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Couscous Express Paperback – November 5, 2001
"Rebound" by Kwame Alexander
Don't miss best-selling author Kwame Alexander's "Rebound," a new companion novel to his Newbery Award-winner, "The Crossover," illustrated with striking graphic novel panels. Learn more
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From the Publisher
Best known for his graphic narrative Channel Zero, Brian Wood also spent a year writing Mutant Teenagers from Marvel Comics' Generation X. He devoted four years previous to studying at the prestigious Parsons School of Design in New York City. A veteran designer from the Internet boom of the late nineties, Wood currently designs for the stylish and much-respected videogame publisher, Rockstar Games.
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But this 74 page graphic novel's main focus isn't them; it focuses instead on Olive Yassin, Moustafa's girlfriend, scooter enthusiast and spoiled brat. She works for her parents at the Couscous Express, a Middle Eastern take-out restaurant. But she doesn't like it there, she'd much rather do other things. That contributes to the friction she has with her parents, but we see that is just the tip of the iceberg; turns out her parents are under the protection of a Turkish Mafia gang who collects money from them on a regular basis.
Interjected with plenty of action scenes, this story moves at a pace THE COURIERS series are known for: fast and exciting at every turn. It feels and reads like an action movie, with a tinge of urban touch to it. Brian balances the silent scenes, the narrative scenes and the dialogue scenes very nicely, giving it a flow like few action comics I've read, a page turner. The dialogue feels natural as well. The sequences have a good rhythm to them and the street language-like language is what pushes them forward.
It didn't need outlandish art to shine. Not Greg Land's or Alex Ross' ultra realistic pictures, but Brett Weldele's stripped down style. This graphic novel shows that you don't need outstanding art to produce a good story. Get this and get the entire series of THE COURIERS along with it. Although I didn't like the main series as much as COUSCOUS EXPRESS, you will be much poorer in your literary experience not to pick them up along with this one.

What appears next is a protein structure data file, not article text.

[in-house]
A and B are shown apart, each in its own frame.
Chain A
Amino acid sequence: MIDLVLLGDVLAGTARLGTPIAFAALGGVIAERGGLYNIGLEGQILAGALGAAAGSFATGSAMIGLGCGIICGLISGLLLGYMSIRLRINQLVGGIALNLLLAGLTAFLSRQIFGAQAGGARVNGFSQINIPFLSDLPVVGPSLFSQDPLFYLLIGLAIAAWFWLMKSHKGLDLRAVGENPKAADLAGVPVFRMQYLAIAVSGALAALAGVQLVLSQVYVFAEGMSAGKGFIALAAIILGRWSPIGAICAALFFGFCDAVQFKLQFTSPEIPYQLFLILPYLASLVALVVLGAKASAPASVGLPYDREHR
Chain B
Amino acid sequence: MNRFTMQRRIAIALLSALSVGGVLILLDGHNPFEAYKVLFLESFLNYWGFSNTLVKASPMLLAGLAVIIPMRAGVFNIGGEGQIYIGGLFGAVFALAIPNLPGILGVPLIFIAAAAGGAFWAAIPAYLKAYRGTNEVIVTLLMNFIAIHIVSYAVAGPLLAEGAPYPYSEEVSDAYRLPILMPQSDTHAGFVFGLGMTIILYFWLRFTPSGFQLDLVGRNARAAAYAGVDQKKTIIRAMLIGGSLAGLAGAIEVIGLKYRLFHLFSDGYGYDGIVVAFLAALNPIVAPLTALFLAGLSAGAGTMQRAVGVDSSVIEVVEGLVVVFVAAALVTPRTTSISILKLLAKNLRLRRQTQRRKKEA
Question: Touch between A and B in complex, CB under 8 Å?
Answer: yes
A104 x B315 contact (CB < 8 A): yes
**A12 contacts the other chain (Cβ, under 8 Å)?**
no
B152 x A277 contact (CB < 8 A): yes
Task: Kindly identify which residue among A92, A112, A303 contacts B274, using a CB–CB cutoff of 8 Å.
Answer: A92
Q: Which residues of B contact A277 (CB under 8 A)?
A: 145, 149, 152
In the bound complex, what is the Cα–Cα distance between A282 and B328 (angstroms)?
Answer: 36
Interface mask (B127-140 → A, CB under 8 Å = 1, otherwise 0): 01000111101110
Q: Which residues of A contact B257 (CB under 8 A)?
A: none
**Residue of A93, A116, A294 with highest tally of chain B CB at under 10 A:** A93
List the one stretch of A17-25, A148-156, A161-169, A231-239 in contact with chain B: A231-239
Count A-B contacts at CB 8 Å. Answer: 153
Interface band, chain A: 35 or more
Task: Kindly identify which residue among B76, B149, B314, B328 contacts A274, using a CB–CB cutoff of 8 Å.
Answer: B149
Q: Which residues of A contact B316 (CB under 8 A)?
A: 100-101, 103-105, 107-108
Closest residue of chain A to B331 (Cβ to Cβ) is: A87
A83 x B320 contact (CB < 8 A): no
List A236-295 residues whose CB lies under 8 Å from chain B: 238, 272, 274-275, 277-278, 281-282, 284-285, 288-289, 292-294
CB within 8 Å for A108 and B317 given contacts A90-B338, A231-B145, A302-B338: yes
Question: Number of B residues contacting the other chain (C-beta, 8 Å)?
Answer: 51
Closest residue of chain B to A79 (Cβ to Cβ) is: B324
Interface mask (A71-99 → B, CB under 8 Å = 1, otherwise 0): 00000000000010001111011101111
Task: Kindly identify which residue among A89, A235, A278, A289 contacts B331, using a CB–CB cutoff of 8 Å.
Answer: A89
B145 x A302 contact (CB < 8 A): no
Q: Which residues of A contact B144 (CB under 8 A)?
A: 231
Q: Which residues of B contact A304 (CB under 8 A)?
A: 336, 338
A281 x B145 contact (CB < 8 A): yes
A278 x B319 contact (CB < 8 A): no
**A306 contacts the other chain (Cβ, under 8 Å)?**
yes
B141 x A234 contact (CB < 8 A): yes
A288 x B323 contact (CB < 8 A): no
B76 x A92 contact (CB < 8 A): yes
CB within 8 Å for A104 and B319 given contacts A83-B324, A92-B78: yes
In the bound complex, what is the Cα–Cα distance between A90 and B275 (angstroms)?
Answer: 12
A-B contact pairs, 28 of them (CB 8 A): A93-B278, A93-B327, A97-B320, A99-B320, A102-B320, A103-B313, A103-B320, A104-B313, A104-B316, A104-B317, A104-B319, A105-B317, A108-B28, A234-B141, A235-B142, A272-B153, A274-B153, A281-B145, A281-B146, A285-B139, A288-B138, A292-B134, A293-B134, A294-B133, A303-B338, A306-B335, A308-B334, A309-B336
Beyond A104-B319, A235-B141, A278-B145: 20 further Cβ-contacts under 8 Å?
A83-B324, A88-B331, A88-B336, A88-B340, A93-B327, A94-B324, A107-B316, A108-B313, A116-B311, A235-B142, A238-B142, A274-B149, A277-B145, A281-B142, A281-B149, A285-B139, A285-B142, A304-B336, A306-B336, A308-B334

Couscous Express isn't high concept, it has a simple plot, simple artwork, nothing to fancy in the writing... but its the way it comes together which seals the deal - the characterisation is excellent, and the artwork (although a little consistant) always manages to bring it out in a way that more complicated artwork might not.
The later couriers books (the two i've read, at any rate) are fun reads, but they don't really live up to this - there isn't nearly as much to draw the reader in, or make the reader care what happens to the characters in those books then there is here. The story has more nuances, the artwork is much less consistant but works just as well, if not better, for its simplicity and seemingly random style changes, and its nice to have such a flawed protagonist. No-one will ever look up to Olive Yassin, she certainly isn't a role model, but everyone will recognise her personality...
Anyway, my largest complaint is that the story is perhaps a little too short, but then maybe thats just wishful thinking - I can't see what you'd add to it, and you certainly couldn't take anything away from it. Take a look... you might be pleasantly suprised.
As a whole, the story feels very shallow and trivial. There was little emotion put into this book. The plot is very obvious, and the characters seem to have no interest in what they're doing.
The art is decent, but stylistically changes at random for seemingly no reason.
Be warned, just pass.